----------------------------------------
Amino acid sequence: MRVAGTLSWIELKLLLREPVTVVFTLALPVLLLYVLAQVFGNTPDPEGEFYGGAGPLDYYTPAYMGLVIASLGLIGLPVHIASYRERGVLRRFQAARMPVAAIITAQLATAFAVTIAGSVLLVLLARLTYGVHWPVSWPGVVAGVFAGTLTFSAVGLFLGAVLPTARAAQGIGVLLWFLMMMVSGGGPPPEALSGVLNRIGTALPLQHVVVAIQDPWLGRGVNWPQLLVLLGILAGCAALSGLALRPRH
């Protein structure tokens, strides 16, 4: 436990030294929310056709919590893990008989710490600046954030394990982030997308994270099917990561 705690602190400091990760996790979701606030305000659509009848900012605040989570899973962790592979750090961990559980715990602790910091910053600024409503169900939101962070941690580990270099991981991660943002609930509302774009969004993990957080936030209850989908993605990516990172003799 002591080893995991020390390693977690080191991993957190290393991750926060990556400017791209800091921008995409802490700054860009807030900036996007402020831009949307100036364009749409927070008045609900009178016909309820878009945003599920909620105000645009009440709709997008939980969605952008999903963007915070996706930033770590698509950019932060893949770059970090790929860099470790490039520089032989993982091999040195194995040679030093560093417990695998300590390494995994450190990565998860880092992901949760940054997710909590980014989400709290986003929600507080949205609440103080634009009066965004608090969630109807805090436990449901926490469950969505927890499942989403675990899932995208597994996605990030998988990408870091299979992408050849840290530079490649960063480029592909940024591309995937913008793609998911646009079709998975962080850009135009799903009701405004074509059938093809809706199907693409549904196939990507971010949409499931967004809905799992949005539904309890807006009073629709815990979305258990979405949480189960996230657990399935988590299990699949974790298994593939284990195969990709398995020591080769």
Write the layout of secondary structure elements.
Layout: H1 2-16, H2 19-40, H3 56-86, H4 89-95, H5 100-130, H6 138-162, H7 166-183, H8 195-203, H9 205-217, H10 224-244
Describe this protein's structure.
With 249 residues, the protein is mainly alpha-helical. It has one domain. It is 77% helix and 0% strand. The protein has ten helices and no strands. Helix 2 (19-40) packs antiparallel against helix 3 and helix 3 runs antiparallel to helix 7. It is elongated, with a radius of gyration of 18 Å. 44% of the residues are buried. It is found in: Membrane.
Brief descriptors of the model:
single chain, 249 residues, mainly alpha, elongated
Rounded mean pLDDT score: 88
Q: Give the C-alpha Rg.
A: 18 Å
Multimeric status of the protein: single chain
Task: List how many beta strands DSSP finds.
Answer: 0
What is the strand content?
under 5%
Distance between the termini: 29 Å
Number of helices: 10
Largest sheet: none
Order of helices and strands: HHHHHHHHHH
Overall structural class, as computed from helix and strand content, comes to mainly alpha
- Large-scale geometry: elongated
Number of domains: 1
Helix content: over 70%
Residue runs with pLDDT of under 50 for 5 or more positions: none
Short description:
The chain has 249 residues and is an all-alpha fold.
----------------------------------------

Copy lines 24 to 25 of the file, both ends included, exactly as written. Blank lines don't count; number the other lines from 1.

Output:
Helix content: over 70%
Residue runs with pLDDT of under 50 for 5 or more positions: none